Recipe: Mallard Meatloaf

Mallard Meatloaf – AKA – Mexican Meatloaf
by: Scott Leysath – The Sporting Chef


I think I might finally be fed up with cooking competitions on TV.  Somewhere along the TV timeline, a handful of affected, pompous foodies decided that they were going to pass judgment on what is or isn’t fit to eat.  And we ate it up, literally.  The typical cooking “reality” show involves a diverse group of people living together in cramped quarters while awaiting their next culinary challenge.  Some of them actually earn a living by working in a kitchen while others seem to be chosen simply for comic relief.  At the end of the thirteen week season, the winner gets the big hat and a chance to appear at mall openings and harvest fairs until his or her star fades into the distance forever.
 
Of course, I, like everyone else, have my own food favorites, but I wouldn’t think of telling anyone else that it’s my way or the highway.  While I do find people’s food preferences interesting, it doesn’t affect me one way or another if someone puts ketchup on their lobster or cooks their game well-done.  Perhaps if Gordon Ramsay of Hell’s Kitchen declared that pairing ketchup and lobster is “spot on”, then the rest of us would blindly follow along.  For the past couple of decades, I’ve been preaching the gospel of medium-rare game cooking.  I’ve changed a few minds along the way, but most folks pretty much stay the culinary course they’ve chosen for themselves many years ago.  “We’re just meat and potatoes people”
 
Occasionally, I come up with a recipe that really makes me happy.  It tastes so good that I can’t imagine anyone not liking it, but I know that the mere mention of the word “Mexican” will put fear in the minds of those who can’t take the heat.  Rest assured, this meatloaf is only loaded with flavor, not fire.  Those who like it hot can always ramp up the heat with some additional peppers, seasonings or hot sauce.  It’s a great way to use up inventory from the freezer and, best of all; it works with just about any combination of game meats like venison, wild turkey and upland game birds, provided that you add at least one-third ground beef to the mix.  Since most of us don’t own a meat grinder, you can process thawed game meat by cutting it up into bite-sized chunks and quickly pulsing in a food processor until the meat is roughly the size of a garbanzo bean.  The recipe is nothing fancy and I’m sure one of the Top Chef judges wouldn’t like it, but we really don’t care, do we?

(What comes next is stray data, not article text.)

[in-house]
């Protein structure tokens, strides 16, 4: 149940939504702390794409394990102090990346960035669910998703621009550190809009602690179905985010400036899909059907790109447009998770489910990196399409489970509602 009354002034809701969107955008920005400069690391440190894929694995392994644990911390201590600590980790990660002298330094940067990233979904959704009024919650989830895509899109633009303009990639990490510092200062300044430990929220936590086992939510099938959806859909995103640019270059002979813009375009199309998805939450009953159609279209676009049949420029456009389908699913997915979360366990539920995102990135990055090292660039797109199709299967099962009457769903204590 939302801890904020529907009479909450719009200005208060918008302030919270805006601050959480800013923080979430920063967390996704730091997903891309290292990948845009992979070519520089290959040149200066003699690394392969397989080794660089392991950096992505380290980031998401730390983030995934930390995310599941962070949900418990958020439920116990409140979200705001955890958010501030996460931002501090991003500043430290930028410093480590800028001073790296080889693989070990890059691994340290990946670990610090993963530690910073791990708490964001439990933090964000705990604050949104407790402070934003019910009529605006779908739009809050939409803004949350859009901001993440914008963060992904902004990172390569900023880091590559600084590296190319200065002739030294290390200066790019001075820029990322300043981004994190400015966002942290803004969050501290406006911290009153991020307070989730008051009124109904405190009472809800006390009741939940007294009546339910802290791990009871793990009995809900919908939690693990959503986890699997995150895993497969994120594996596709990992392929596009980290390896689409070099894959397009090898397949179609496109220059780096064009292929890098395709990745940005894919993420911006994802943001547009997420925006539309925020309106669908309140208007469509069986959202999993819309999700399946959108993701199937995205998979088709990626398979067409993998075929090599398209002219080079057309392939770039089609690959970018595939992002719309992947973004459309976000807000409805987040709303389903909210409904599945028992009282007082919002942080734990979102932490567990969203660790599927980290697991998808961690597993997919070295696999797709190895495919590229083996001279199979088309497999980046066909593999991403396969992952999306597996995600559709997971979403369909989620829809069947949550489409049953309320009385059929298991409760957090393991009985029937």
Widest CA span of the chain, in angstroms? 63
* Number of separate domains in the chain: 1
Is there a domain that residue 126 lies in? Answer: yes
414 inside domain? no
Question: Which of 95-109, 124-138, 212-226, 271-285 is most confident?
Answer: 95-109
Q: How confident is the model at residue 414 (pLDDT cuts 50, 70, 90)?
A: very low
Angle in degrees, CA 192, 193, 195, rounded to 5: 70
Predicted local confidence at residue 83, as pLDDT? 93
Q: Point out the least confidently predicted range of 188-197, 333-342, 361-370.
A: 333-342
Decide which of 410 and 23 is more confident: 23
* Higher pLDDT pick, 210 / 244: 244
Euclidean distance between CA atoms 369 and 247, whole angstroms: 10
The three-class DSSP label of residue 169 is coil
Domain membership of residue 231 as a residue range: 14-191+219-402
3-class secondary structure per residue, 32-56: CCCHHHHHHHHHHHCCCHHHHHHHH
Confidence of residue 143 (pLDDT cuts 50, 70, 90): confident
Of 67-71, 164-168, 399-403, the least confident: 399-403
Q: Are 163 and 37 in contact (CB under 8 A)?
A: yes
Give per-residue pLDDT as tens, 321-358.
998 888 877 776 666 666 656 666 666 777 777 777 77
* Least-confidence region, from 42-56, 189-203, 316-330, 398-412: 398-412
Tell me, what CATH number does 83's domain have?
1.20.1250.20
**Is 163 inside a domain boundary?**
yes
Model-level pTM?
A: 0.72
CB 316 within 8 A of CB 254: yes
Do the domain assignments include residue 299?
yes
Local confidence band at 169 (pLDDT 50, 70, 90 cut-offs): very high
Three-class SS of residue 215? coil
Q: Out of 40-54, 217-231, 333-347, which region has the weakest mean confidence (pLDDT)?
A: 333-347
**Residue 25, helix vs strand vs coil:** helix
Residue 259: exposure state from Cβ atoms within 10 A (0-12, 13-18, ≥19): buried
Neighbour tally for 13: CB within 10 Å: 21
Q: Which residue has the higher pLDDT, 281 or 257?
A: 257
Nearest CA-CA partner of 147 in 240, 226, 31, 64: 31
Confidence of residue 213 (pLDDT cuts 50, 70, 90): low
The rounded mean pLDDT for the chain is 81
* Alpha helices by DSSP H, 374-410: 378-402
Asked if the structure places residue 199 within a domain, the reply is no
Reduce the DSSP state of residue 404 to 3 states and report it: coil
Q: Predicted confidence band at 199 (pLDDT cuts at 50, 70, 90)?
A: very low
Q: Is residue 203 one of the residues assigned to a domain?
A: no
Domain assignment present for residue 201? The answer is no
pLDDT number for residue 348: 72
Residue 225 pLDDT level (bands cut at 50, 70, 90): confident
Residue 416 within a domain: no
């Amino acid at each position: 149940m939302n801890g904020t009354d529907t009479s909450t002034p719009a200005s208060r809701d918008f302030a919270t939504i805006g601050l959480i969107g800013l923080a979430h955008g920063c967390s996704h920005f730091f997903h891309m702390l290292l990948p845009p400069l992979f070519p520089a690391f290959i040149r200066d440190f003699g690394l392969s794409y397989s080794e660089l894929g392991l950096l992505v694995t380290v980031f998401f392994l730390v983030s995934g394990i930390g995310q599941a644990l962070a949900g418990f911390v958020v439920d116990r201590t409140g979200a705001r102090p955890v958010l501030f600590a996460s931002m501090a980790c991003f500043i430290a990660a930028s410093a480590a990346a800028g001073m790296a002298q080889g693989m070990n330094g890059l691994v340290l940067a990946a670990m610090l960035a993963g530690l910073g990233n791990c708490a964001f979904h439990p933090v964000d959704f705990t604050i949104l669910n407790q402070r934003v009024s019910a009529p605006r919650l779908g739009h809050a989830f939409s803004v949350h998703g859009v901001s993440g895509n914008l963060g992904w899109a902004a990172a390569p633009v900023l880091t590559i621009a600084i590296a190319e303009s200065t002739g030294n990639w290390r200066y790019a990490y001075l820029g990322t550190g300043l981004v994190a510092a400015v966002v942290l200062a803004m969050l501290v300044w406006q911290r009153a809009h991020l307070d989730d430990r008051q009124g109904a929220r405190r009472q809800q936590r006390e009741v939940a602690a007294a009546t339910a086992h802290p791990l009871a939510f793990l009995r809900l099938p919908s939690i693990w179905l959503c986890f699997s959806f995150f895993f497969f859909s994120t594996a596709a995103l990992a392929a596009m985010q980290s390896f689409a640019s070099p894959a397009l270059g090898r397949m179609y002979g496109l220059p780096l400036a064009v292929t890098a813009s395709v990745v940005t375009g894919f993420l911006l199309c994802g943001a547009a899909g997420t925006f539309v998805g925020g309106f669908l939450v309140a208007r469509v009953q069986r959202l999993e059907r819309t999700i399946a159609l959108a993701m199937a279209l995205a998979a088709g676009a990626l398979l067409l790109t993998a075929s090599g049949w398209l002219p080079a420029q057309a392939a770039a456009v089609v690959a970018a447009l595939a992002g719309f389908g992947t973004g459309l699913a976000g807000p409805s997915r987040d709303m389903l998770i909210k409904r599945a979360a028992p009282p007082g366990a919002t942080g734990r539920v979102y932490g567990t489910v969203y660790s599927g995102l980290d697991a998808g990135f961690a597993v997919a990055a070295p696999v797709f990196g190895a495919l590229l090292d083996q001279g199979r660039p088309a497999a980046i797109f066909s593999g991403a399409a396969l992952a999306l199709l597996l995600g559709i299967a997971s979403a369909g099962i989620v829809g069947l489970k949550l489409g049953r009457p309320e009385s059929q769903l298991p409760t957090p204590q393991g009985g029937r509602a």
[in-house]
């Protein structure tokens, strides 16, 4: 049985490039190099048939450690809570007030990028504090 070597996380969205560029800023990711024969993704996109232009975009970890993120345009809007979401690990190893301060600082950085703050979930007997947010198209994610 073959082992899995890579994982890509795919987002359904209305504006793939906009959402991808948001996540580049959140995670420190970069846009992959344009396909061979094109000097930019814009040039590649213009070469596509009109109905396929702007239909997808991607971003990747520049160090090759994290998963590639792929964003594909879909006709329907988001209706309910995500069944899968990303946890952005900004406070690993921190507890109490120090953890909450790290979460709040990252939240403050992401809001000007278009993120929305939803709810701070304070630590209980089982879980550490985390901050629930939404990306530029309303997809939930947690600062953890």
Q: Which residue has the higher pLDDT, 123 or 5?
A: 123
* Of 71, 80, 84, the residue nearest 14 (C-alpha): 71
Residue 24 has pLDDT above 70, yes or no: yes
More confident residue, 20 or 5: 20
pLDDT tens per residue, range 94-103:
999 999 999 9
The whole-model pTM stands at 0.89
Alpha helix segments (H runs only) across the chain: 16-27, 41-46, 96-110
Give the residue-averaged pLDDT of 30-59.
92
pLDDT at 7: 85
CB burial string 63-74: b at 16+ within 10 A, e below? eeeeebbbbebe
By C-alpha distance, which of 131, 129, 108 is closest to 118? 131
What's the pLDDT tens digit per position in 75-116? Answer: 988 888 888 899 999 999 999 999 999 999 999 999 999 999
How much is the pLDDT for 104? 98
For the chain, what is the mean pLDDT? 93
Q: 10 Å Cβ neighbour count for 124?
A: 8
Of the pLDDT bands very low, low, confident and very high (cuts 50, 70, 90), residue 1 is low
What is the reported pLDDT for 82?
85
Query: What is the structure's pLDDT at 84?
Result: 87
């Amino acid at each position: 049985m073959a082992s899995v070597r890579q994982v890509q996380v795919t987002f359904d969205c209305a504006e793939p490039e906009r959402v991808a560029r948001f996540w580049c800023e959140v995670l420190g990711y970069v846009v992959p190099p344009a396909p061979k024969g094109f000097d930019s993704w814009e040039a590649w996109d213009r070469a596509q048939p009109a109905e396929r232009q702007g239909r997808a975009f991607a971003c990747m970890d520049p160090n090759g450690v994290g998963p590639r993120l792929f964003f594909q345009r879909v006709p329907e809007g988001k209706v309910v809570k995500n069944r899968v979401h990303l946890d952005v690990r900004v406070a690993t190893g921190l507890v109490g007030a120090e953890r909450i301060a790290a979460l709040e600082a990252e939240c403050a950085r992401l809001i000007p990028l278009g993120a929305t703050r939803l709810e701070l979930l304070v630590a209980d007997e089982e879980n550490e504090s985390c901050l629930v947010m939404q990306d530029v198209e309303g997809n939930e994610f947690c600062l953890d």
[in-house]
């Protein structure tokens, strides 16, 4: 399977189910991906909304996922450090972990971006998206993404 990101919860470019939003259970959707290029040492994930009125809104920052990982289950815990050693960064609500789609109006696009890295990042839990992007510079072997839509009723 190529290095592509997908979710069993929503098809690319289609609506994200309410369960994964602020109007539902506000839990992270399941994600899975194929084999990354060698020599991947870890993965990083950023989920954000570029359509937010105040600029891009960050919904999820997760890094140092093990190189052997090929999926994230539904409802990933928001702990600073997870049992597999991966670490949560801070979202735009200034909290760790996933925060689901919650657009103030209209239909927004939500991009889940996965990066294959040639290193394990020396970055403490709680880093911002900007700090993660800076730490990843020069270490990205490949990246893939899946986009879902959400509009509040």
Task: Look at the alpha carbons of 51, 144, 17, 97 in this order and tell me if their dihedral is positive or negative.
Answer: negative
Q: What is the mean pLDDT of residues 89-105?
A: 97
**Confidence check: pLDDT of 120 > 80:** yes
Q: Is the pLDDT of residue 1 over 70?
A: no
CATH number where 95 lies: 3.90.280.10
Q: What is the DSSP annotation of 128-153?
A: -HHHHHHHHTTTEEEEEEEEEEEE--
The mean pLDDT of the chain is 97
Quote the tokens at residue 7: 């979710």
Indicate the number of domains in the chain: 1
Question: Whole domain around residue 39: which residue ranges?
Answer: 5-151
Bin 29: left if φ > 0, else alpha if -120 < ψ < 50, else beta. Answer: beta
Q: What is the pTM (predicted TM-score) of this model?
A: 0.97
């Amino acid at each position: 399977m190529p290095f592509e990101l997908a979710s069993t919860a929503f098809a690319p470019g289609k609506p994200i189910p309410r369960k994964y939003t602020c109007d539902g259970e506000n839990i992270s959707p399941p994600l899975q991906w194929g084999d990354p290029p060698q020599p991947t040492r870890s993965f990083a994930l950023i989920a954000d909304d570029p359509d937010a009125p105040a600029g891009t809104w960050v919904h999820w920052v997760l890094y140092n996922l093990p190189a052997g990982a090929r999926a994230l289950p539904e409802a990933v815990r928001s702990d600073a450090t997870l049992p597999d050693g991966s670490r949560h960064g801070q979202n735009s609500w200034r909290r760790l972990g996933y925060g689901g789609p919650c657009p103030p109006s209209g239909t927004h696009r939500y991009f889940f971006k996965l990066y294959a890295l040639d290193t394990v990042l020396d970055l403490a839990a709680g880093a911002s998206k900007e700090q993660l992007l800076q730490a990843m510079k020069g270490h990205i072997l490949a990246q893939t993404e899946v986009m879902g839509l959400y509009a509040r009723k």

Mexican Meatloaf

6 – 8 servings
 
1 cup onions, finely diced
2 jalapeno peppers, seeded and minced
6 garlic cloves, minced
1 1/2 cups crushed tortilla chips
2 eggs, lightly beaten MallardMeatloaf--element67
1 cup tomato salsa (your choice of mild, medium or spicy)
1 1/2 cups fresh corn kernels
1 cup shredded Mexican cheese blend
1 teaspoon chili powder
1/2 teaspoon dried oregano
1/4 teaspoon cumin powder
1 teaspoon salt
1 1/2 pounds (about 3 cups) ground duck, goose or antlered game
1 pound lean ground beef
1/2 pound chorizo sausage, casing removed, crumbled
 
Combine onion, jalapeno pepper and garlic in a large bowl. Add tortilla chips with next 8 ingredients and mix well. Add ground game meat, beef and chorizo.  Mix all ingredients thoroughly with your hands. In a lightly oiled loaf pan or baking dish, form into a loaf about 4 inches tall.
Bake in a preheated 375 degree oven for 50 minutes or until internal temperature is 155 degrees. Lightly cover with foil and allow to rest for 10 minutes before slicing into 1-inch thick slices.  Serve with salsa, mustard or chipotle mayonnaise. 

For More Recipes from the Sporting Chef – Scott Leysath,

Please Visit His Website at www.thesportingchef.com
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